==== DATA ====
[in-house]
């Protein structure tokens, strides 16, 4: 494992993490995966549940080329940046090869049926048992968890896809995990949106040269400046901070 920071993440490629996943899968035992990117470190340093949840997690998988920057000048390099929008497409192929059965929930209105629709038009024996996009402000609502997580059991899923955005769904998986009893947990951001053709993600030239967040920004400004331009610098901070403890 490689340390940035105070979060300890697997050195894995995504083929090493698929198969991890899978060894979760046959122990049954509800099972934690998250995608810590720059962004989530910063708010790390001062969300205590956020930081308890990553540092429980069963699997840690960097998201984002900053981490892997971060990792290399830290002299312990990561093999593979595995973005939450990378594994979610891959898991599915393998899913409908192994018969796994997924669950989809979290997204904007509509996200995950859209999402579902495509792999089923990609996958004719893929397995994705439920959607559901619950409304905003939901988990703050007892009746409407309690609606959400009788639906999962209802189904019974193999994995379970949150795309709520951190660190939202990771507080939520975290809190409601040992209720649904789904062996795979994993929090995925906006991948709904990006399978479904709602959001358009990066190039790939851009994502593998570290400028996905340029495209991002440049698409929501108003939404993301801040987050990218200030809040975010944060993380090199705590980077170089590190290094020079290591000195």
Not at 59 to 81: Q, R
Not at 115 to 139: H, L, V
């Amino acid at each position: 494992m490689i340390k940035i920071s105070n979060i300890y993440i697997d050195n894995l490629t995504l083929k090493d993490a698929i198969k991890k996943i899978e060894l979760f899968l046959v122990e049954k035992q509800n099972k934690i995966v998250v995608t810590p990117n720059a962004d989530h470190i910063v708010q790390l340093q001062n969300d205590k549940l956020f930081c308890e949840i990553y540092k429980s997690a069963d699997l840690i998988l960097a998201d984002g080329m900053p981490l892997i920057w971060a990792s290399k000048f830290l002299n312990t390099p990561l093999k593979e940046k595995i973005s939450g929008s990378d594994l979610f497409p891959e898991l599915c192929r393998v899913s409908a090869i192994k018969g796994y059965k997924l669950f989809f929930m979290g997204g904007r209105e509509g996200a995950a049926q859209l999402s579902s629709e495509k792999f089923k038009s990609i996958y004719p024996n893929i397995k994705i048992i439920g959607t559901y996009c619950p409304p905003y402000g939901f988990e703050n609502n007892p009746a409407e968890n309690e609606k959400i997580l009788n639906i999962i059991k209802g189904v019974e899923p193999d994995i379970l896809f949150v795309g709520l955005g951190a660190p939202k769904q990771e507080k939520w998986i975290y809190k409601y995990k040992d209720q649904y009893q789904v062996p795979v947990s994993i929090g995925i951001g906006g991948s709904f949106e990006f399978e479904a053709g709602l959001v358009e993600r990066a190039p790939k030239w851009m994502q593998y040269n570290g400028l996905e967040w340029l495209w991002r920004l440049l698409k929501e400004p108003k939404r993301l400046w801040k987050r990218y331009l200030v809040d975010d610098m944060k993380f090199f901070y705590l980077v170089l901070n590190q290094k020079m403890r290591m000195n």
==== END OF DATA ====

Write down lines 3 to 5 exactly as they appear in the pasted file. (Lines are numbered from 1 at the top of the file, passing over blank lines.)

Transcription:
Not at 59 to 81: Q, R
Not at 115 to 139: H, L, V
């Amino acid at each position: 494992m490689i340390k940035i920071s105070n979060i300890y993440i697997d050195n894995l490629t995504l083929k090493d993490a698929i198969k991890k996943i899978e060894l979760f899968l046959v122990e049954k035992q509800n099972k934690i995966v998250v995608t810590p990117n720059a962004d989530h470190i910063v708010q790390l340093q001062n969300d205590k549940l956020f930081c308890e949840i990553y540092k429980s997690a069963d699997l840690i998988l960097a998201d984002g080329m900053p981490l892997i920057w971060a990792s290399k000048f830290l002299n312990t390099p990561l093999k593979e940046k595995i973005s939450g929008s990378d594994l979610f497409p891959e898991l599915c192929r393998v899913s409908a090869i192994k018969g796994y059965k997924l669950f989809f929930m979290g997204g904007r209105e509509g996200a995950a049926q859209l999402s579902s629709e495509k792999f089923k038009s990609i996958y004719p024996n893929i397995k994705i048992i439920g959607t559901y996009c619950p409304p905003y402000g939901f988990e703050n609502n007892p009746a409407e968890n309690e609606k959400i997580l009788n639906i999962i059991k209802g189904v019974e899923p193999d994995i379970l896809f949150v795309g709520l955005g951190a660190p939202k769904q990771e507080k939520w998986i975290y809190k409601y995990k040992d209720q649904y009893q789904v062996p795979v947990s994993i929090g995925i951001g906006g991948s709904f949106e990006f399978e479904a053709g709602l959001v358009e993600r990066a190039p790939k030239w851009m994502q593998y040269n570290g400028l996905e967040w340029l495209w991002r920004l440049l698409k929501e400004p108003k939404r993301l400046w801040k987050r990218y331009l200030v809040d975010d610098m944060k993380f090199f901070y705590l980077v170089l901070n590190q290094k020079m403890r290591m000195n």